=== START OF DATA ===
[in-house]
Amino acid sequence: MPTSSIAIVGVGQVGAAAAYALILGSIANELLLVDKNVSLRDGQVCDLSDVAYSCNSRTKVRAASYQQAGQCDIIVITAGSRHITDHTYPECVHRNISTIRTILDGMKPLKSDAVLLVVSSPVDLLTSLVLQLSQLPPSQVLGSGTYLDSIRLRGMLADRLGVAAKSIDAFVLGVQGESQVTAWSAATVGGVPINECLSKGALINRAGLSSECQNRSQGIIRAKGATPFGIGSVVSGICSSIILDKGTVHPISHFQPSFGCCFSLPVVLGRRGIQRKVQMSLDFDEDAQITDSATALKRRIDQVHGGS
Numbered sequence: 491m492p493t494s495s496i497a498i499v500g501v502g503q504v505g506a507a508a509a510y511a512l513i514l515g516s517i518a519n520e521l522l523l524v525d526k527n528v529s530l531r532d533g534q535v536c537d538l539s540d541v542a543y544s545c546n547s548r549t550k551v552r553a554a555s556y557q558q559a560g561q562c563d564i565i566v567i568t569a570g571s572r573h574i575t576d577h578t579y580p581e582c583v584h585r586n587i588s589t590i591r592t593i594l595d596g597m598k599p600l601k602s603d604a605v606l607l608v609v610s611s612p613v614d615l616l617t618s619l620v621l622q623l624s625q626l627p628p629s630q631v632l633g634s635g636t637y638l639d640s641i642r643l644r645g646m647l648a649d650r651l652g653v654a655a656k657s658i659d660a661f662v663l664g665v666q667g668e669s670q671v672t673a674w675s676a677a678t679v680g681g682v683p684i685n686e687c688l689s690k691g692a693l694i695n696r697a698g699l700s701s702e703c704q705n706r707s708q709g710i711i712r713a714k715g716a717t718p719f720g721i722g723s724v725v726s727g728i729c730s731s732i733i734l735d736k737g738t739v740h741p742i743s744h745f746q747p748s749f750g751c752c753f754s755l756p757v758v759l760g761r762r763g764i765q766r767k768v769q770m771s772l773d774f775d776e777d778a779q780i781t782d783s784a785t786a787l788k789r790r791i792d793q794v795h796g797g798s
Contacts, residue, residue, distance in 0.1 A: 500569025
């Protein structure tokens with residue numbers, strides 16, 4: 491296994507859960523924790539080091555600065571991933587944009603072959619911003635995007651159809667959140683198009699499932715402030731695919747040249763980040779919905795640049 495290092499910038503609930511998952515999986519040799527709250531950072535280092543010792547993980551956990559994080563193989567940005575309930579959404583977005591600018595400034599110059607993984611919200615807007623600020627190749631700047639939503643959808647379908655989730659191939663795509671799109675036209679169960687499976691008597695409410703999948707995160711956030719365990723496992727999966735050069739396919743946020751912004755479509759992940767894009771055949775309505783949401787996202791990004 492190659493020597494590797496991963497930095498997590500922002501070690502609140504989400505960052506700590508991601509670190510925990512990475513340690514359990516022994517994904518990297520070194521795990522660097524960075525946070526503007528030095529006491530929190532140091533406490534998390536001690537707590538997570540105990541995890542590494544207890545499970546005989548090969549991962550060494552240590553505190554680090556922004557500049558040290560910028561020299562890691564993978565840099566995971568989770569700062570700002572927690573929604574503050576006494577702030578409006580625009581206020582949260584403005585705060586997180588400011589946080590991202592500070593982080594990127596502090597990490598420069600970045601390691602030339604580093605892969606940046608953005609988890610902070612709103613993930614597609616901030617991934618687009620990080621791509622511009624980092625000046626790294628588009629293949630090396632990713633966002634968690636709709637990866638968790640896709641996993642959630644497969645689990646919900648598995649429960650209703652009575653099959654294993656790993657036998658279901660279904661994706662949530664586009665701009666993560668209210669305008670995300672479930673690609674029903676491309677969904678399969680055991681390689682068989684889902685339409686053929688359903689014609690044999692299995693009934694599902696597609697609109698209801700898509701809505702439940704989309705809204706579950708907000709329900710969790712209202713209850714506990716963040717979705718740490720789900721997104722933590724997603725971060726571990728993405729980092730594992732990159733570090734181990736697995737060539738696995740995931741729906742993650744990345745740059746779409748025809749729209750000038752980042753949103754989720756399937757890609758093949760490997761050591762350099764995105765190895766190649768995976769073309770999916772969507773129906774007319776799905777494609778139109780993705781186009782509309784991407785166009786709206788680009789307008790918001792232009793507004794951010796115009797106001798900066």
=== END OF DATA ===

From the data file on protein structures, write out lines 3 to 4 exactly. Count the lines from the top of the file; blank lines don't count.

Numbered sequence: 491m492p493t494s495s496i497a498i499v500g501v502g503q504v505g506a507a508a509a510y511a512l513i514l515g516s517i518a519n520e521l522l523l524v525d526k527n528v529s530l531r532d533g534q535v536c537d538l539s540d541v542a543y544s545c546n547s548r549t550k551v552r553a554a555s556y557q558q559a560g561q562c563d564i565i566v567i568t569a570g571s572r573h574i575t576d577h578t579y580p581e582c583v584h585r586n587i588s589t590i591r592t593i594l595d596g597m598k599p600l601k602s603d604a605v606l607l608v609v610s611s612p613v614d615l616l617t618s619l620v621l622q623l624s625q626l627p628p629s630q631v632l633g634s635g636t637y638l639d640s641i642r643l644r645g646m647l648a649d650r651l652g653v654a655a656k657s658i659d660a661f662v663l664g665v666q667g668e669s670q671v672t673a674w675s676a677a678t679v680g681g682v683p684i685n686e687c688l689s690k691g692a693l694i695n696r697a698g699l700s701s702e703c704q705n706r707s708q709g710i711i712r713a714k715g716a717t718p719f720g721i722g723s724v725v726s727g728i729c730s731s732i733i734l735d736k737g738t739v740h741p742i743s744h745f746q747p748s749f750g751c752c753f754s755l756p757v758v759l760g761r762r763g764i765q766r767k768v769q770m771s772l773d774f775d776e777d778a779q780i781t782d783s784a785t786a787l788k789r790r791i792d793q794v795h796g797g798s
Contacts, residue, residue, distance in 0.1 A: 500569025